I know many people who take a daily aspirin in an effort to stay healthy. I even know many doctors who recommend it. But you may be surprised to know about what the actual medical science says about aspirin.
Back in 2016, I wrote a post that proved to be one of the most-popular that whole year. In that post I described the guidelines for who, and who should not, be taking a daily aspirin. Fortunately, that post is still largely accurate and these guidelines have not changed in the past two years. You can read that 2016 post here.
But there is now a massive new study about a group of people for which there was no medical science one way or the other. The new study, called ASPREE (ASPirin in Reducing Events in the Elderly) was just published in September 2018 and it specifically looked at healthy people over age 70.
The one thing you need to know
There is no data to support healthy people 70 and older for taking a daily aspirin, and in fact, it likely has more risks than any potential benefit.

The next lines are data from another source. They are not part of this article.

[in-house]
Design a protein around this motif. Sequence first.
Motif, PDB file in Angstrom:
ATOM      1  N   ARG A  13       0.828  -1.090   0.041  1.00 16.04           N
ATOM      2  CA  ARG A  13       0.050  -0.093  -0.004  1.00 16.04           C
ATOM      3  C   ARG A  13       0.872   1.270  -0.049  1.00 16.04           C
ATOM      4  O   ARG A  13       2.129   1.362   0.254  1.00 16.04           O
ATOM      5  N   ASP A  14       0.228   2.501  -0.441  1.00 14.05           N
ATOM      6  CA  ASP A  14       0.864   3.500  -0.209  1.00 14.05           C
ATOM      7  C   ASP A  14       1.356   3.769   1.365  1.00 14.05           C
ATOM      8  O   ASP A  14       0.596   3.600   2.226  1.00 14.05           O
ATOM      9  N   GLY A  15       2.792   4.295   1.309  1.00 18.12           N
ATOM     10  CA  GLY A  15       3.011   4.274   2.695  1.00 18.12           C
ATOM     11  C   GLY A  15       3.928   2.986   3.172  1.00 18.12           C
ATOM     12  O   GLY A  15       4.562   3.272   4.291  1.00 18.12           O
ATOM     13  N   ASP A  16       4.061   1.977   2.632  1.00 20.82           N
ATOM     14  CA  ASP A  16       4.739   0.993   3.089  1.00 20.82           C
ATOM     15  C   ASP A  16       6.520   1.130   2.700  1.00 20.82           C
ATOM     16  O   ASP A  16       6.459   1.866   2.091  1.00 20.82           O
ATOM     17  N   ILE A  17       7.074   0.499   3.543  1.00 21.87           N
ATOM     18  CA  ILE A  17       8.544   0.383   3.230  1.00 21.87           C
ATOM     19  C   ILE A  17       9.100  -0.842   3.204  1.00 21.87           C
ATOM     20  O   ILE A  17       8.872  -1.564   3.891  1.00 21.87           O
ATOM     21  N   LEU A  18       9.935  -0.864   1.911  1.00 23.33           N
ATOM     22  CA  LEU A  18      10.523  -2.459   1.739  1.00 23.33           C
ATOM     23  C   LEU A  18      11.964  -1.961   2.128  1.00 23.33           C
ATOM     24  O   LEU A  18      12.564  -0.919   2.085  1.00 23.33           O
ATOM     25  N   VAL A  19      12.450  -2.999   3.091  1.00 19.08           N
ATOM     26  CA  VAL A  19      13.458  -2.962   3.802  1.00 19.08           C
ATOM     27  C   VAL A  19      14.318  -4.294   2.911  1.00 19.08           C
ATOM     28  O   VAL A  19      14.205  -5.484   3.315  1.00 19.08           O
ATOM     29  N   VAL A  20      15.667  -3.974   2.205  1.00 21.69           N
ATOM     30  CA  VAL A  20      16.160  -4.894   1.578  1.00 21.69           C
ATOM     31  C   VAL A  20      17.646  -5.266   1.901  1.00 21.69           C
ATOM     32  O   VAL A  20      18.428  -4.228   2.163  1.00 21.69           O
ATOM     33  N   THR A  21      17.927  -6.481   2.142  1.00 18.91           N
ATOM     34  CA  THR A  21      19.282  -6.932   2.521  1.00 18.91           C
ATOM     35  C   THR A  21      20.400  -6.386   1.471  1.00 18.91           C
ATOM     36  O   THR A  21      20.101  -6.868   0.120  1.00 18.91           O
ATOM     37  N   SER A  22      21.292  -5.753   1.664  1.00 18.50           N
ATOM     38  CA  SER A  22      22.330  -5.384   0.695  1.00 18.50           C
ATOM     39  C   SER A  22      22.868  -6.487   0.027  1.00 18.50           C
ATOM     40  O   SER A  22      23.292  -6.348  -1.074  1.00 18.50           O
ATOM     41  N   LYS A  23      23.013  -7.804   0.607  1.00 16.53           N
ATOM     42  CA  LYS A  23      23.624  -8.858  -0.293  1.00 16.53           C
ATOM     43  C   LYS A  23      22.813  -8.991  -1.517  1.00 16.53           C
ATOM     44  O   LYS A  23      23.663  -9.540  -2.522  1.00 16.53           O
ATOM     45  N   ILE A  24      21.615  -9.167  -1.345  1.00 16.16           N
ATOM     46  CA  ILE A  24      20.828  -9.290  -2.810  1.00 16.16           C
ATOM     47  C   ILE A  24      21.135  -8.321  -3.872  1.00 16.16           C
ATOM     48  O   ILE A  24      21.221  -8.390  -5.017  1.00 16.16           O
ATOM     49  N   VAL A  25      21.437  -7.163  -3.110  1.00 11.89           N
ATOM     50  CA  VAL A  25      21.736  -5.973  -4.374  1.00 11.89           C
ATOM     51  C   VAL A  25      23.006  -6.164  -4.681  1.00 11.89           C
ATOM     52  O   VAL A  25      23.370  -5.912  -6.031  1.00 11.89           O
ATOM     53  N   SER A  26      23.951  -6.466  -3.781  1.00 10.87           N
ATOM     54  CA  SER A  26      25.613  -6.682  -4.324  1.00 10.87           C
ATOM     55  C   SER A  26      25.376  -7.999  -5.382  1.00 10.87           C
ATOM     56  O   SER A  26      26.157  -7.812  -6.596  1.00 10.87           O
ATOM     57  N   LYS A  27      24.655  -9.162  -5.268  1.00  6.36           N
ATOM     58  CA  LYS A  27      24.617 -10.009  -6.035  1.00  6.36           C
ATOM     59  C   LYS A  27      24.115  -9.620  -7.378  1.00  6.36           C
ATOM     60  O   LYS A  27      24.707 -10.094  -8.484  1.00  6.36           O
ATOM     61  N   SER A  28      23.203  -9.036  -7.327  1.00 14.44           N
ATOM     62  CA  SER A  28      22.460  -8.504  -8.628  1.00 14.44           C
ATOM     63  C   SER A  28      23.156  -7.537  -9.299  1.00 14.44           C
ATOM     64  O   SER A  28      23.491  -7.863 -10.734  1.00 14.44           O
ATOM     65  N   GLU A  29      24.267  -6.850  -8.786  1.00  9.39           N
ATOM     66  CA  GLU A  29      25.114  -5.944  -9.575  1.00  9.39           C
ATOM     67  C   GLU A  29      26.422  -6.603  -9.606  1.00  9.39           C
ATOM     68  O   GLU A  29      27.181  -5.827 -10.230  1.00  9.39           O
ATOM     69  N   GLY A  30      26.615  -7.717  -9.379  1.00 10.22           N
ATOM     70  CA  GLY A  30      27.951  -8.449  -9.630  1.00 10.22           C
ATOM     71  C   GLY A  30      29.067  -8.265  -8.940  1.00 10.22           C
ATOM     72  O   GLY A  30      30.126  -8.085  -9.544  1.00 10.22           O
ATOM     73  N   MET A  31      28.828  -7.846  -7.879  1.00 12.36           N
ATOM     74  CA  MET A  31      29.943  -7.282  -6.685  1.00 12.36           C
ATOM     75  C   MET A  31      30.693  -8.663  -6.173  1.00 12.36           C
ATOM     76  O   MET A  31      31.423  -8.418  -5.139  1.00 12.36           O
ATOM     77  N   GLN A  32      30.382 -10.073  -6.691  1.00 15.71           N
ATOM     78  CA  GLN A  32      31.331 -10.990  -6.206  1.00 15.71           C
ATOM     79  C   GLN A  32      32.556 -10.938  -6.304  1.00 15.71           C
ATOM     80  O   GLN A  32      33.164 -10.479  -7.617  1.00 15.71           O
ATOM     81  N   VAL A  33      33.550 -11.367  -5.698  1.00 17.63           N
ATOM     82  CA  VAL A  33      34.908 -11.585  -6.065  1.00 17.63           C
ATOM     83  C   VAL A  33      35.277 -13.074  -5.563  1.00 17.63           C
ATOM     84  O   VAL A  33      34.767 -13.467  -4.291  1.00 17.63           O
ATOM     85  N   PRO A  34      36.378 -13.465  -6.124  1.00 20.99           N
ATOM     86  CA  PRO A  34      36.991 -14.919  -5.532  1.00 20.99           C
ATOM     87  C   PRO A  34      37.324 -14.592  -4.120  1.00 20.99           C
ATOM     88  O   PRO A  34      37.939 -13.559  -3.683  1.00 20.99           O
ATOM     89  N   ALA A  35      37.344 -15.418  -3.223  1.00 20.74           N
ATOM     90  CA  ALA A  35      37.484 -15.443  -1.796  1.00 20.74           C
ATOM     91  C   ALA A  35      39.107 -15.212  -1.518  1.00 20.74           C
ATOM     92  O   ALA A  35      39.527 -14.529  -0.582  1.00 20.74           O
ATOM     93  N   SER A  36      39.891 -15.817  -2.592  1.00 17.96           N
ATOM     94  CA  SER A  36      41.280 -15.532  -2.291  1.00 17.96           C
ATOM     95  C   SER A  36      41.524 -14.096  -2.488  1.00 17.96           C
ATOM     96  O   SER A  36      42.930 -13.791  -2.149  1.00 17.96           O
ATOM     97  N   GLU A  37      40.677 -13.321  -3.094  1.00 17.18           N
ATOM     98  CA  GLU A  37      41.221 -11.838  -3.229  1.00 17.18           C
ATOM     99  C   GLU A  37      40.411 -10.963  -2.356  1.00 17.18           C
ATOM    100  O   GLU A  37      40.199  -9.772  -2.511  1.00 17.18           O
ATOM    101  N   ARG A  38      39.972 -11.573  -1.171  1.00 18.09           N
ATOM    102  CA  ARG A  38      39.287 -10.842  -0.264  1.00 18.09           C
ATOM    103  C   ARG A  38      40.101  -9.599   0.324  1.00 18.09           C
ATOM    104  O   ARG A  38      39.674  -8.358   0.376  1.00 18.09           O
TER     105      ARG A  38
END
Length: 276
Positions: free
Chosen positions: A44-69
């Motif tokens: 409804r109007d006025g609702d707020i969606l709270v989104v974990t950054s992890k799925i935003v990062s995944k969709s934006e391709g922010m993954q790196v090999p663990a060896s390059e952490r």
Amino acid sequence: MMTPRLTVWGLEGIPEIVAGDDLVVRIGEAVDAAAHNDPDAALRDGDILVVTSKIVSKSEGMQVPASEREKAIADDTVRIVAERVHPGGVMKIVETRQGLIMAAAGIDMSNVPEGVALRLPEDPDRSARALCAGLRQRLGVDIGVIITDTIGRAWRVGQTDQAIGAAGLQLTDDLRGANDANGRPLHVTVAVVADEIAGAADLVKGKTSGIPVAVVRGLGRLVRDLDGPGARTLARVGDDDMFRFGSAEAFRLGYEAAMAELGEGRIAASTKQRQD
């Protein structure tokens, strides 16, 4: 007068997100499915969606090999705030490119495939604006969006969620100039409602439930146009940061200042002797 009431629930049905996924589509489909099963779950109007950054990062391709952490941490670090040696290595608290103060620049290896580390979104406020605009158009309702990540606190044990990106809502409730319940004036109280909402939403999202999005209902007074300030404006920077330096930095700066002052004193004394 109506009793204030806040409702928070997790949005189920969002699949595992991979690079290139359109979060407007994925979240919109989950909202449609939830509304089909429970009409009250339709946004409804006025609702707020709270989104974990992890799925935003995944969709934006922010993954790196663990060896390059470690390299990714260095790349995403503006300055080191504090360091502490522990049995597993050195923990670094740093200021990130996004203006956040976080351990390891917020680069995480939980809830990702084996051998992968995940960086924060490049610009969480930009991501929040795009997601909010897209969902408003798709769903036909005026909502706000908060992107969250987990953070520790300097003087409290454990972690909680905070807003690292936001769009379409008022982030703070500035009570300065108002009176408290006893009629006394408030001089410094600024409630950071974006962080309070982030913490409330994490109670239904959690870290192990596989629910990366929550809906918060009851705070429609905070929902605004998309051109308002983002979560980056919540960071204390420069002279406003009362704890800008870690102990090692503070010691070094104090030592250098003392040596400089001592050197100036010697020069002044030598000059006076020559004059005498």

I will expand a bit on this new data in this post.
A few months ago I launched the first in what I hope will become a recurring series: Pearls from Medical Science. As many of you know, I strive to provide high-quality, scientifically accurate medical information on Healthy Matters, both the radio show and this blog. As do most doctors, I get inundated with medical journals, which are the repository of what the medical science community has learned about our various medical conditions. Since nobody can read all this (or want to), every now and then I will present one thing I’ve learned from what doctors call (with apologies to Hemingway and Fitzgerald), the “literature.”
One goal of mine for this blog is to connect people to medical science. But ask any doctor – staying current on the latest in medical evidence is not easy. Look at this picture – it could be the nightstand of many a doctor. It is actually the table in my office after I simply grabbed a few recent journals from my shelf. Seriously. Glamorous it may not be, but it is oh, so important. By staying abreast of latest medical science, we can give you the best advice possible.
So every now and then I’m going to do a post highlighting a “Pearl from Medical Science” in which I will summarize one item from the medical literature – a pearl, if you will. Basically reading this stuff so you don’t have to. I’ll try to distill the medical jargon and heady science into something meaningful – something you can act on in your own life.